Wood’s frequent collaborator, Kelly, is a good choice for the story. One of Kelly’s strengths as an artist is showing a great deal of emotion on faces without relying on the writer to tell the reader. This allows Wood to step back and let Kelly tell quite a lot of the story wordlessly, which, when the artist is up to the task, is a marvelous thing. He gives both Magnus and Ragnar and the other soldiers in the story a rough-hewn look while making sure that Brigid remains innocent-looking throughout. The violence is visceral and disturbing, and when Kelly is allowed to open up a bit to show the battle of Clontarf, he excels in showing the awful, bitter, and brutal fashion in which wars were fought before we were able to kill people with missiles and keep our hands clean. Kelly has shown in other works that he is excellent at landscape and atmosphere, and the characters are placed into a painfully beautiful Ireland where they can shed blood with impunity. Wood even gives Kelly some full-page splash pages that don’t advance the narrative at all – they simply establish the gorgeous scenery contrasted with the dog-eat-dog world in which the Irish and the Norse live. Wood, a fair artist himself, trusts Kelly to tell the story, and no words can describe the battle in issue #14, for instance, or its bloody aftermath in issues #15 and 16. It’s all Kelly, and the silence makes it all the more horrific. Kelly is also very good at drawing clothing, and I’m not sure if Wood or he did the research into the clothes of eleventh-century Ireland, but Kelly nails it. Magnus and Brigid are dressed simply, indicating their social status, while Ragnar wears an impressive tunic of mail, befitting his standing in the kingdom. Kelly takes care to show the toll Magnus’s mission takes on his body and his clothing, and it adds to the terrific sense of realism that Wood has established in the story. This feels like an eleventh-century crime story, as much as anything can. Wood doesn’t try to modernize any of the characters, which makes them feel a bit alien to us, but also lends the story the air of authenticity. Kelly’s stellar art simply enhances that feeling.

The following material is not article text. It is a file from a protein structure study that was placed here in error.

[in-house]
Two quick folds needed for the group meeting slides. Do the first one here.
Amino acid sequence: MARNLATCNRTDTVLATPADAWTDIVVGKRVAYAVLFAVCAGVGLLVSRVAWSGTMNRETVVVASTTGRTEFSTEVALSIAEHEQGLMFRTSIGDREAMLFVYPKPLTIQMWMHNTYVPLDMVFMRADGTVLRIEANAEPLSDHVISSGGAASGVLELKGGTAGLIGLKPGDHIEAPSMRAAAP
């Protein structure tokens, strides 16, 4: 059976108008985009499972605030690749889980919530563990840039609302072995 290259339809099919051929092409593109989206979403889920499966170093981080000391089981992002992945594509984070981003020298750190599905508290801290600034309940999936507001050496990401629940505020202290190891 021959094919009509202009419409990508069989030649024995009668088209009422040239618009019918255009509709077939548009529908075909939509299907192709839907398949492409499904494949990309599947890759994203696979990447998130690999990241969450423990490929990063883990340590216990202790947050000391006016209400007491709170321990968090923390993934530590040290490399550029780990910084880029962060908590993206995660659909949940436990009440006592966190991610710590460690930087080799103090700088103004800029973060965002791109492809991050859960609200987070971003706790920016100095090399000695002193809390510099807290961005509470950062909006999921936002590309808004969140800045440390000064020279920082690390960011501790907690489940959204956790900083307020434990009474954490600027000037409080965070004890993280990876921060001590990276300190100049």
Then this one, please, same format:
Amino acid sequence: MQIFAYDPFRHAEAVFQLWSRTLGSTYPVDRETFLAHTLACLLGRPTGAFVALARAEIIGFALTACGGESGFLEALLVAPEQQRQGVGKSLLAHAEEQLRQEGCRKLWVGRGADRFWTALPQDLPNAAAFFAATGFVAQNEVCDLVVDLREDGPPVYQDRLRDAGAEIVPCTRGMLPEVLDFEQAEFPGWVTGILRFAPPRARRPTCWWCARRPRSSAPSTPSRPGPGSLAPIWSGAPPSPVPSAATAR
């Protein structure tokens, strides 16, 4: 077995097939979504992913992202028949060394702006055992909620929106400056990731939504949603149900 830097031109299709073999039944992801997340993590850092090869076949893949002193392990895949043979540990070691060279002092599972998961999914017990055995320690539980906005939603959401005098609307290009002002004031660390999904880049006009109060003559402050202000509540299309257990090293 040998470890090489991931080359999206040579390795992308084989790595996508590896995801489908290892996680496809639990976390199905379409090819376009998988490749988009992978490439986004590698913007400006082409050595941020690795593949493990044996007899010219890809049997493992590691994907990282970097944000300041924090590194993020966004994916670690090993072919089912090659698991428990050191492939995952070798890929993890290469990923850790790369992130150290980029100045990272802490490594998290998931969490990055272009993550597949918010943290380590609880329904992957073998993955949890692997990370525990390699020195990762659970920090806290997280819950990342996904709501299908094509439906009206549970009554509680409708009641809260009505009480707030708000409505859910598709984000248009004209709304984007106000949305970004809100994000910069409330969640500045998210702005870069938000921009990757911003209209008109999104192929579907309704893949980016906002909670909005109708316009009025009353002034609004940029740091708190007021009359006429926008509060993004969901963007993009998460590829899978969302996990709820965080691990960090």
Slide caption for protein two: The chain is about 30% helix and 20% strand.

The “twist” ending of “The Cross + The Hammer” might overshadow some of the interesting things Wood does with the main characters, but it shouldn’t, mainly because the ending ties into the main themes. If you haven’t read this arc yet, it’s a well done surprise, because when we re-read the arc, we can spot the clues (which is how the best “twists” ought to work instead of coming out of nowhere). Even if you know the twist, “The Cross + The Hammer” is a superb story, showing a man at the end of his rope and a man who, although he doesn’t know it, has missed the seminal event of his generation. Magnus and Ragnar are surprising characters because we think we understand them but we don’t, really, and because they are so similar yet so different. As usual with Wood’s comics, there’s so much going on underneath that once you get past the “police” work, there’s still a lot to uncover. “The Cross + The Hammer” is available in trade, of course. Why not give it a look! Or you can visit the archives to see other things that might catch your fancy!